e-Books on the other hand do not abide by the first sale doctrine because they are licensed out to the library, there is no clear and defined path of ownership. This allows any publisher to basically establish their own parameters, some are quite perplexing.
Simon & Schuster started offering bestselling frontlist e-books to libraries in 2014. Part of the condition of them making their collection available was to force the e-book distribution companies to implement a Buy it Now button on the libraries websites. Anyone who did not want to be number #891 on the waiting list on a very popular new book, could purchase it and the library got a small commission. In order for libraries to get a hold of Steve Jobs by Walter Isaacson or The Wright Brothers by David McCullough, they had to all agree to S&S weird policies.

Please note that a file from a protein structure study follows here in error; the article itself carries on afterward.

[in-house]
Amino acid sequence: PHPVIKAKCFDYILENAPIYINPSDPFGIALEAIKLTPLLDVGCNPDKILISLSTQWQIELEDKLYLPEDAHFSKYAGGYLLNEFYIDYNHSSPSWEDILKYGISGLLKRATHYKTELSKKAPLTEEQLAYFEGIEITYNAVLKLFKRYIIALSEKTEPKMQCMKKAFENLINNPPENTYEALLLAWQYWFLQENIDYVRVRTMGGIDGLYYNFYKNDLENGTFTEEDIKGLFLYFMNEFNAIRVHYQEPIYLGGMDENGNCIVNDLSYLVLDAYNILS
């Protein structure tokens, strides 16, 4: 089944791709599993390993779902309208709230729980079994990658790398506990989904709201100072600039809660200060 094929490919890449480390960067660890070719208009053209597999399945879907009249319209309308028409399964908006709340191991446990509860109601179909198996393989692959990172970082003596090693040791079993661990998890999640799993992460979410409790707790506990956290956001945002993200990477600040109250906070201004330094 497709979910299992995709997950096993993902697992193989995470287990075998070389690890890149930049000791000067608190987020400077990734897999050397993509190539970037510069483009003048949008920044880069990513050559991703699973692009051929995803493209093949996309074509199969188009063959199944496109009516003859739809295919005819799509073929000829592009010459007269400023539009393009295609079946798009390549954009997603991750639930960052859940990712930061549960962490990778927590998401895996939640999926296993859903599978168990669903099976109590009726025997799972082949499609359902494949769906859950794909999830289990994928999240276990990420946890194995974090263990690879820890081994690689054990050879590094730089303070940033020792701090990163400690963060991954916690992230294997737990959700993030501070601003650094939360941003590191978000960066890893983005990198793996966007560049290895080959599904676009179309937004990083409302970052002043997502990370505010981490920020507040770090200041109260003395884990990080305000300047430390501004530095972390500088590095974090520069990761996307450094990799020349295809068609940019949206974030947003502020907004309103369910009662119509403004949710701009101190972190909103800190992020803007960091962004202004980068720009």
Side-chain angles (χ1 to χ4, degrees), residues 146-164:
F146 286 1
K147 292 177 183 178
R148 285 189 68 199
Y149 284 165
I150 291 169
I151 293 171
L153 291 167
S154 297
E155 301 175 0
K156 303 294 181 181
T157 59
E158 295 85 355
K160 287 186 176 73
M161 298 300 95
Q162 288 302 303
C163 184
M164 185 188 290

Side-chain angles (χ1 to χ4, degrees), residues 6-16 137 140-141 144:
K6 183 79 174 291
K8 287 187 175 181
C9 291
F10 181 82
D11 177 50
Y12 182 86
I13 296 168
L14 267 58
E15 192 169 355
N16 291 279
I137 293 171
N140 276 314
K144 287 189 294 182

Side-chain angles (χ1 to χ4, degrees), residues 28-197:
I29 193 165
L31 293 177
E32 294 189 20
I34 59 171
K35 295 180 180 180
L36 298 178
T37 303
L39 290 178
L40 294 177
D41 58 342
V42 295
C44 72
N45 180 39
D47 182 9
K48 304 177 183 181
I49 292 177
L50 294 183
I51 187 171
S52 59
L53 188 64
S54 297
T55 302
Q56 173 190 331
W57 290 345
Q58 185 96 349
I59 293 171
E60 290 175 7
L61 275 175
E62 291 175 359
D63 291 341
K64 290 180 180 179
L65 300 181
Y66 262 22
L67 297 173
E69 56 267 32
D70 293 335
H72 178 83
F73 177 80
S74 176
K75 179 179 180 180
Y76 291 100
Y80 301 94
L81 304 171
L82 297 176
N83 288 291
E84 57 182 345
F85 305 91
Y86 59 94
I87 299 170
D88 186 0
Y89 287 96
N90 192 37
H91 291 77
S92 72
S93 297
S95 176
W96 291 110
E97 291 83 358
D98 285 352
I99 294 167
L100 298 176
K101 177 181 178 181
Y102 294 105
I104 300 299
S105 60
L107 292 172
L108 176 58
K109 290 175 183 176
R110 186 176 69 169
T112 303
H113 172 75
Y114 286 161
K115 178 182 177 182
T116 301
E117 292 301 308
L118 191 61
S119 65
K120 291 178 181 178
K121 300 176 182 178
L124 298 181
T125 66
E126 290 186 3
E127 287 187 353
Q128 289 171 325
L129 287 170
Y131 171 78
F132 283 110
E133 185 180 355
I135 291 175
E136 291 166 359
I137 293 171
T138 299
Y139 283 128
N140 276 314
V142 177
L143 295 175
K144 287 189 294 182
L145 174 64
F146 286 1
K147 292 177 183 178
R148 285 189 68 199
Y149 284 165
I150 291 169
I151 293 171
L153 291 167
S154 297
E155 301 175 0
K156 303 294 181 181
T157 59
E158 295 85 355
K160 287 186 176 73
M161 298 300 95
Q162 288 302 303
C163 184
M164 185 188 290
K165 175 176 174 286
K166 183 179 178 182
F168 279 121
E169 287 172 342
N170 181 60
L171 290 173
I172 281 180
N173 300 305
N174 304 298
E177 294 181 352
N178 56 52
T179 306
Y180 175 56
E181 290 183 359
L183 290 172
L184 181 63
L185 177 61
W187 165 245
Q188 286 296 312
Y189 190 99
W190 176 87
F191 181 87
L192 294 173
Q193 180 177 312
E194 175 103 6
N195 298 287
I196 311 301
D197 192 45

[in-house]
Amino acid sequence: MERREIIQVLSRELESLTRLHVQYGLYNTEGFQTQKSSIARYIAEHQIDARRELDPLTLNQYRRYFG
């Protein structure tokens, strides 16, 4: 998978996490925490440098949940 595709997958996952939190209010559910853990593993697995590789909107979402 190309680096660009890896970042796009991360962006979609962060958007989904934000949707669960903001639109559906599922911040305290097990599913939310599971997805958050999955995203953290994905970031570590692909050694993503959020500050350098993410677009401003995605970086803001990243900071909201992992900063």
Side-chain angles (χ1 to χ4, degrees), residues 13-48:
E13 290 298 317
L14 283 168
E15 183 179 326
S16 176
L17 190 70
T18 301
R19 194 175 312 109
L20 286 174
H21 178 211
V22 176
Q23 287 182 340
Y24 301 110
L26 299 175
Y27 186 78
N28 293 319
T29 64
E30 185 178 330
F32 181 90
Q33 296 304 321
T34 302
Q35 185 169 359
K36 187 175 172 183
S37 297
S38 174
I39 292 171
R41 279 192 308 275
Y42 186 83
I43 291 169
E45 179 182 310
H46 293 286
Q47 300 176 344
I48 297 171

I have talked extensively to the administration of the American Library Association about their efforts to get more favorable e-book pricing and they told me that “The reason why publishers are so hostile to libraries is because the e-Books are loaned out to people who might otherwise be customers, they the publishers need to compensate for those perceived losses.”
How can libraries get more favorable pricing on e-books? A new coalition has just been established in Canada, which comprises of The Toronto Public Library, Canadian Library Council, Ontario Library Association and the Canadian Library Association. They are getting the word out that they are mad as hell and aren’t going to stand for it anymore.